Berlin & Beyond Festival: Recommended Weekend Films, 1/16-18

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[Phillipe Graber as Emil in The Friend.]

Of the films playing in the Berlin and Beyond festival tonight and over the weekend, I’ve only had a chance to screen a few. But among them were a couple of genuine gems:

First, The Friend, which screens at 6:30 PM tonight, was an innovative and interesting film with a very unconventional premise: Emil (played by Phillipe Graber, pictured above) has a crush on Larissa, who sings in a local bar. Soon after they meet, Larissa asks him to pretend to be her boyfriend for her parents’ sake. He agrees, perhaps because he thinks it might lead somewhere. But after a few days of silence, he calls her number only to reach Larissa’s sister Nora. She tells him that Larissa has died. “Were you her boyfriend?” Nora asks. Emil gulps, and not knowing what to do, says yes, he was. Soon he is invited to meet the family and finds himself helping to plan the funeral and memorials for this girl he only met once — all the while pretending to everybody that he was Larissa’s boyfriend. That’s messy enough, but things get even messier when he begins to fall in love with Nora. It’s really pretty wonderful. The film was selected for the festival’s Maurice Kanbar Award for Best First Feature, and it’s easy to see why they chose it. It starts with a delightful, unpredictable story, and then that story is told with real subtlety and emotional range. All the actors are good, but Phillipe Graber is really good — he reminds me strongly of Michael Cera, and it was easy to imagine an English-language remake starring him. Let’s hope some indie producer picks it up and does it right.

The other great film I had a chance to see was Bird’s Nest, which screens at 4:15 PM on Saturday. It’s a documentary about the five-year process of the design and construction of Herzog & de Meuron’s beautiful Bejing National Stadium. (In case you didn’t know, the architects also designed the De Young in conjunction with Fong & Chan Architects.) It’s really a must-see for anybody with an interest in architecture, urban planning, China, or Herzog & de Meuron.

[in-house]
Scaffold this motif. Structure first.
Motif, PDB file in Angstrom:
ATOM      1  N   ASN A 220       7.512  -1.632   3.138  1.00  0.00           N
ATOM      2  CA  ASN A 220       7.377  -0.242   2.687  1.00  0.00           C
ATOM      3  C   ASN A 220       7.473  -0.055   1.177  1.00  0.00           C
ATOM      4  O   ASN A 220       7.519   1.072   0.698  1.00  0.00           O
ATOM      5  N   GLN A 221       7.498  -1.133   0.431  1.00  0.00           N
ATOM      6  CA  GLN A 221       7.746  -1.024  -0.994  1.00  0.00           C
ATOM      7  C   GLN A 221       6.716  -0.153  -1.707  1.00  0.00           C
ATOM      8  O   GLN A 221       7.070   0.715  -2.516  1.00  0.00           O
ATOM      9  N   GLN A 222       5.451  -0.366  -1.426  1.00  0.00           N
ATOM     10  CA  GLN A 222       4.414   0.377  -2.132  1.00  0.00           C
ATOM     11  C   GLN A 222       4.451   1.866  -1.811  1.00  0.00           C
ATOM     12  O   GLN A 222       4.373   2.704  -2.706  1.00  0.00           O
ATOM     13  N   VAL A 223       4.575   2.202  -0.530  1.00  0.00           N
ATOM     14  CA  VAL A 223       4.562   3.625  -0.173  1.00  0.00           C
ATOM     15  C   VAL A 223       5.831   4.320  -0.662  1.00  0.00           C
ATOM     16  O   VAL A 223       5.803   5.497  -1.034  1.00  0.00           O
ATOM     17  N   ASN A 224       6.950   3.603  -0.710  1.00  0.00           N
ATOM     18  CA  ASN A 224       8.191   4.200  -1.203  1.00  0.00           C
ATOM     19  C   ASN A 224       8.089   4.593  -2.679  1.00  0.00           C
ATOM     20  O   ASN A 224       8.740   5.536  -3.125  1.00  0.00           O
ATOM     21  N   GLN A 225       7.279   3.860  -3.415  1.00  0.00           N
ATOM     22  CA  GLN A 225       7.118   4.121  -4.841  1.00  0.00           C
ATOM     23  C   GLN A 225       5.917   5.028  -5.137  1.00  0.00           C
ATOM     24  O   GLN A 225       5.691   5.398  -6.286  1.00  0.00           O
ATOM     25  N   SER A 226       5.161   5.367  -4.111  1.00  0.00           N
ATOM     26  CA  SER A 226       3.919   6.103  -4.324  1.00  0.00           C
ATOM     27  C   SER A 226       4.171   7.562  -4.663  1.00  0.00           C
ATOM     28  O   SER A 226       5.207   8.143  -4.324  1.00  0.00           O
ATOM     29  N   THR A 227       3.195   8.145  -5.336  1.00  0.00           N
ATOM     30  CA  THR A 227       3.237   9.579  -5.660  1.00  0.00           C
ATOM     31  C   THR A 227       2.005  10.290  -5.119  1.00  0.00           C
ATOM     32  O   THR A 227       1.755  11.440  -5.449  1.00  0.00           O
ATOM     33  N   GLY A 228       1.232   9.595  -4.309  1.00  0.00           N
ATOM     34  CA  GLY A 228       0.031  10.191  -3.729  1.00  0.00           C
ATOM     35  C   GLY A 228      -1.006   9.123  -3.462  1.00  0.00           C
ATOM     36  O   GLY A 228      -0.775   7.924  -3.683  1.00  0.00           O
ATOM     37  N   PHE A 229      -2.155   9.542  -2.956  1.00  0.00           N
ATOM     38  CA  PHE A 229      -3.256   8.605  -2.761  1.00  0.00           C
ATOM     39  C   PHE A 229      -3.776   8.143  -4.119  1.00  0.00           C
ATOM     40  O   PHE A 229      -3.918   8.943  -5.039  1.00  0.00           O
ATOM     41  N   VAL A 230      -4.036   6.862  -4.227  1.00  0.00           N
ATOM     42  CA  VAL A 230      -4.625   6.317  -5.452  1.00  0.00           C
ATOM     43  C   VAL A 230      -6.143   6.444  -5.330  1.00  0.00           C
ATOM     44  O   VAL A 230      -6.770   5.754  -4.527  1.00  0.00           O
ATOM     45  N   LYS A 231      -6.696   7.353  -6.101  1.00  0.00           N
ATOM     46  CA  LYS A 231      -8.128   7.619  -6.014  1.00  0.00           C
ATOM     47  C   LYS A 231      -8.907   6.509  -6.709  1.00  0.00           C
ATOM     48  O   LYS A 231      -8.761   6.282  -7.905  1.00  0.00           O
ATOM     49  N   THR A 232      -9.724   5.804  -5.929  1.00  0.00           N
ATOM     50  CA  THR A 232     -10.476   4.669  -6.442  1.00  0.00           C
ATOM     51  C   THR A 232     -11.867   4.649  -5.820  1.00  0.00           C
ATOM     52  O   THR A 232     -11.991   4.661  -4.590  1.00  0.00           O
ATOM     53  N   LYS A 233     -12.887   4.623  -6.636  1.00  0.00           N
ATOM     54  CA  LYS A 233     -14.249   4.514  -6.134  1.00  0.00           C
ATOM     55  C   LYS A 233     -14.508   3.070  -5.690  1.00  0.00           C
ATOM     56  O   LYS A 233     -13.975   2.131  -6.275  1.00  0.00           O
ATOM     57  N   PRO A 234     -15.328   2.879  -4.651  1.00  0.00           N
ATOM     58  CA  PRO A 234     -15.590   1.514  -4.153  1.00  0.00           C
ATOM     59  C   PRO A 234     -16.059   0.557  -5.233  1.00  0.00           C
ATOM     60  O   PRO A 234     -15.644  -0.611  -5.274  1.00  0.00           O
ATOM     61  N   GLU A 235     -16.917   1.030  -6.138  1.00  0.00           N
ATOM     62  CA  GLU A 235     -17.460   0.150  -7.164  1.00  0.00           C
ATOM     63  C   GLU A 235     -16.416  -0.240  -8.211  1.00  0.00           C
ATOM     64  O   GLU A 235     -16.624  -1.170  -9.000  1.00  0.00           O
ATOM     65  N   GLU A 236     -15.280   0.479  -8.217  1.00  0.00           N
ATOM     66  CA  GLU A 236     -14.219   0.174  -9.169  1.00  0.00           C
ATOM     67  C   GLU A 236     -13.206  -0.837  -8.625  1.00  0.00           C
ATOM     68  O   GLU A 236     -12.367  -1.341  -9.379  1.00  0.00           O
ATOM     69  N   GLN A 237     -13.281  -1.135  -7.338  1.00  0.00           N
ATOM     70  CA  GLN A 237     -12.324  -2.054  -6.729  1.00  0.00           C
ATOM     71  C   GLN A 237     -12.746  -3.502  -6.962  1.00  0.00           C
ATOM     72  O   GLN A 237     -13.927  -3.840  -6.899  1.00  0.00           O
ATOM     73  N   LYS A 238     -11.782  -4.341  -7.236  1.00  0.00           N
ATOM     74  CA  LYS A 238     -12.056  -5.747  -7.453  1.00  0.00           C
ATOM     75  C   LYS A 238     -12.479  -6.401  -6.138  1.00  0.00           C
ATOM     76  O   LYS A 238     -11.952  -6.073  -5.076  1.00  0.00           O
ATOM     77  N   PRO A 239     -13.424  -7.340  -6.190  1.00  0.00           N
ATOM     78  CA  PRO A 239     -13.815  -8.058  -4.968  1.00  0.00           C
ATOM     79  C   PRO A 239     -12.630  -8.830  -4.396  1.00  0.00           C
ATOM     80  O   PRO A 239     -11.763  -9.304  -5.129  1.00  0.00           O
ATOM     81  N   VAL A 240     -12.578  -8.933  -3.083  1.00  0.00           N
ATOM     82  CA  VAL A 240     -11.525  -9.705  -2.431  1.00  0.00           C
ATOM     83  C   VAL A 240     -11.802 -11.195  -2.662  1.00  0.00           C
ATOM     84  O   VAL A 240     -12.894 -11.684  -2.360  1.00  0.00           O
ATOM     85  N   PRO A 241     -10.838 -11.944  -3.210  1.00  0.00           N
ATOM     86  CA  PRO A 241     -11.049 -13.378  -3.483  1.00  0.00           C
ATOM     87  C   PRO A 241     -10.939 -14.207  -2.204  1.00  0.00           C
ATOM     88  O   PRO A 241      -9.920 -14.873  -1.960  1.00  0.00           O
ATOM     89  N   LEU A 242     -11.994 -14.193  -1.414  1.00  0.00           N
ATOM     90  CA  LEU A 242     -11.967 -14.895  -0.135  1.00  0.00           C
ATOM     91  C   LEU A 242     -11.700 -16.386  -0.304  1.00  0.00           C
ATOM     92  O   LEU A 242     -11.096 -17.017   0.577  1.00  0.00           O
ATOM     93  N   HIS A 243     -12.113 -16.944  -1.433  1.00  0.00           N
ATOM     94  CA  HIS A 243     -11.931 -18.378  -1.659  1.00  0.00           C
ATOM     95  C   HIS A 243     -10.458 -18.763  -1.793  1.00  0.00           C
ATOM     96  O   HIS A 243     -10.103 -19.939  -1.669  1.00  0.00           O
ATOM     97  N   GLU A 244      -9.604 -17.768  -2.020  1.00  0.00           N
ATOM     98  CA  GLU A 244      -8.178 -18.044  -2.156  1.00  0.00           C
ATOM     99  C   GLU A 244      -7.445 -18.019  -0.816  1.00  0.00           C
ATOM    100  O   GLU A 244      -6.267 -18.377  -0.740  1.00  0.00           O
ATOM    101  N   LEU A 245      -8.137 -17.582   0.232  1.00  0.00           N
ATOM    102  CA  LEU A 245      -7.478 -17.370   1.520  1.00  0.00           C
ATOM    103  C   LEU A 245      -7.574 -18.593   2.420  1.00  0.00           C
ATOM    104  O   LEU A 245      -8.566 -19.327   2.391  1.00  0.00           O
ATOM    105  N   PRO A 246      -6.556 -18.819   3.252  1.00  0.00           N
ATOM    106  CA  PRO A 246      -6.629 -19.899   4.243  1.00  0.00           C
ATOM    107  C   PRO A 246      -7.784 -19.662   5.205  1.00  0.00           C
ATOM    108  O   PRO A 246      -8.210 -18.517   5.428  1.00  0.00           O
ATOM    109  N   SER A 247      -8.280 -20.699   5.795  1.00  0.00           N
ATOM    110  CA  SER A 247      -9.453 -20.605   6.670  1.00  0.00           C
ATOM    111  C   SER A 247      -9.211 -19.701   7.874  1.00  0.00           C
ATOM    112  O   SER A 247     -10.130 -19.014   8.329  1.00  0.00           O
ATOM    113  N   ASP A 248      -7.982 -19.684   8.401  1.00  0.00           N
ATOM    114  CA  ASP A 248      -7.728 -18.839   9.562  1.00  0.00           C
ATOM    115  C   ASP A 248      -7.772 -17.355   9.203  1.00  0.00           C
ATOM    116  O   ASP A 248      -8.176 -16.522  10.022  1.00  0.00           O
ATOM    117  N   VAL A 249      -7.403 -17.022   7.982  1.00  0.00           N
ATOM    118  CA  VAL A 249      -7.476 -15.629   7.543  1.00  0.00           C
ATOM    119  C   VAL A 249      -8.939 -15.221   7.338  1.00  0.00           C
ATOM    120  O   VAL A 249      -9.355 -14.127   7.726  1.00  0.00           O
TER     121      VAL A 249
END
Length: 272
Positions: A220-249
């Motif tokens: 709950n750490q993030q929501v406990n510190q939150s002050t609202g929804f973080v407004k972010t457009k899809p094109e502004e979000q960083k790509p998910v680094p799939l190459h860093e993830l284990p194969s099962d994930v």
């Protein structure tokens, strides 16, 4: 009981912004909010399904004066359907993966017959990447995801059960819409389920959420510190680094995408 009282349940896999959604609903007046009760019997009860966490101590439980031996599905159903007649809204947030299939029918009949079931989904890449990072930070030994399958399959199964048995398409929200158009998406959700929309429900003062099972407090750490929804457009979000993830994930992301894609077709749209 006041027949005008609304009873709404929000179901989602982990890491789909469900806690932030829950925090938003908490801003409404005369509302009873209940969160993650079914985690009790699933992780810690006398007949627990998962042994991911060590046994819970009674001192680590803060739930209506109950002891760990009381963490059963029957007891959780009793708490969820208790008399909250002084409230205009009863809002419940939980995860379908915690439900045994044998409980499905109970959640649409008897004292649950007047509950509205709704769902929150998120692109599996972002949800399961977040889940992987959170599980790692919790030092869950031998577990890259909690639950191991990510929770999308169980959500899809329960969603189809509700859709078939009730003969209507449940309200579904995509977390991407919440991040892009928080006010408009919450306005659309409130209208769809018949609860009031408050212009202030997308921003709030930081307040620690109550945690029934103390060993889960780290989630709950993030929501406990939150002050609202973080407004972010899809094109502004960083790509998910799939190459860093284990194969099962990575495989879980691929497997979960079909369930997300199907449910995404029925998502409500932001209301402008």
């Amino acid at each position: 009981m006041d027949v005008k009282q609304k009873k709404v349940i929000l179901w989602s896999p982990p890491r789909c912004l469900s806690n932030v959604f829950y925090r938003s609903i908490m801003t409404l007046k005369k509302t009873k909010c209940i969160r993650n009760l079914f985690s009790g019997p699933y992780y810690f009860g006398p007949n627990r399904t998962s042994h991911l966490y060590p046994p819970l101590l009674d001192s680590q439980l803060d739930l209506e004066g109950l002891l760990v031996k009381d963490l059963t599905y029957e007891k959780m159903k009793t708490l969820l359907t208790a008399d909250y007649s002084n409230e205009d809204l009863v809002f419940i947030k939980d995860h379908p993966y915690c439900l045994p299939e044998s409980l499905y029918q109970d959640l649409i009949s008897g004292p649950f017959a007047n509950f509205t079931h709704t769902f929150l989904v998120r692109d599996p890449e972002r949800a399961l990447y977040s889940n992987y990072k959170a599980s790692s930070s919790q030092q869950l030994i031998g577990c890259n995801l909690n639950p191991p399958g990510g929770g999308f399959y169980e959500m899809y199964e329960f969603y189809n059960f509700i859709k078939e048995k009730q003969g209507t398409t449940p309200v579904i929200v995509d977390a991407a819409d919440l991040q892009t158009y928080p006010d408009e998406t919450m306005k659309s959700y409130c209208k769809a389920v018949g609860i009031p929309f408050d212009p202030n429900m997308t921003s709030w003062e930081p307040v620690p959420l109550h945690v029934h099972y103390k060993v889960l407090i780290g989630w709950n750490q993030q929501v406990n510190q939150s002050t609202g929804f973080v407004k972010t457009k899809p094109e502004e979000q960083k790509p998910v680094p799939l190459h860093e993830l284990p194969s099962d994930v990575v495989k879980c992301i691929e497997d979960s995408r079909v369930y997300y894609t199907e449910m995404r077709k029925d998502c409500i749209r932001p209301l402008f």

Actually, the title is a little misleading, because it’s not so much about the stadium as it is an exploration of all the things the firm was working on over this period (including an entire urban development near Shanghai), with the progress of the stadium serving as a narrative to pull you through the whole film. Along the way, we have a chance to become familiar with the architects as individuals and learn a great deal about their sensibilities, plus the film explores the nature of business and construction in China, the promise of urban planning, the vagaries of cross-cultural exchange, much about the artist Ai Weiwei (who advised the architects on cultural matters), and more.

Don’t expect an expose, though. Bird’s Nest largely avoids the dark side of this subject, addressing it only in asides and allusions, and stays positive, mostly exploring how the architects themselves made peace with the contradictions inherent in their position. “To tell them that they have to do their homework first,” Herzog says, alluding mostly to the PRC’s undemocratic nature, “and only then we will build for them, would be incredibly arrogant of us.” De Meuron seems to find a more aesthetic reconciliation: “We didn’t want to practice monumentalism, to glorify a system” with the stadium. Similar to the Eiffel Tower, which was built for a single event but has continued to function as public space and public sculpture ever since, they tried to make “a stadium that was anti-monumental, something for people, with a human dimension.”

But in the end, those are probably just rationalizations to cover their real motive: to create beauty in a prominent construction that will endure. At one point in the film, Herzog says to a television reporter: “What is beautiful? … I don’t speak of taste, but of something that attracts you. It has a magic that you cannot always explain. Some projects do have that, other projects do not have that. So in a very strange way, we do not always know what we do.” And then he goes on to cite the Forbidden City itself as a supreme example of architecture that has this mysterious beauty.

There are twelve other films playing this weekend (schedule here), and though I’m sure many of them are awesome as well, I’ve heard especially good things about A Hero’s Welcome, which plays at 9:00 tonight after The Friend, Cloud 9 (check out Nicole Gluckstern’s review of it in the SFBG) and Revanche on Saturday night, and Evet, I Do! on Sunday afternoon. The weekend rounds out on Sunday night with the Wim Wenders classic, Kings of the Road, which was a great inspiration for Jim Jarmusch.

[This post is second in a series about the Berlin and Beyond Festival. The next installment will be published Sunday.]

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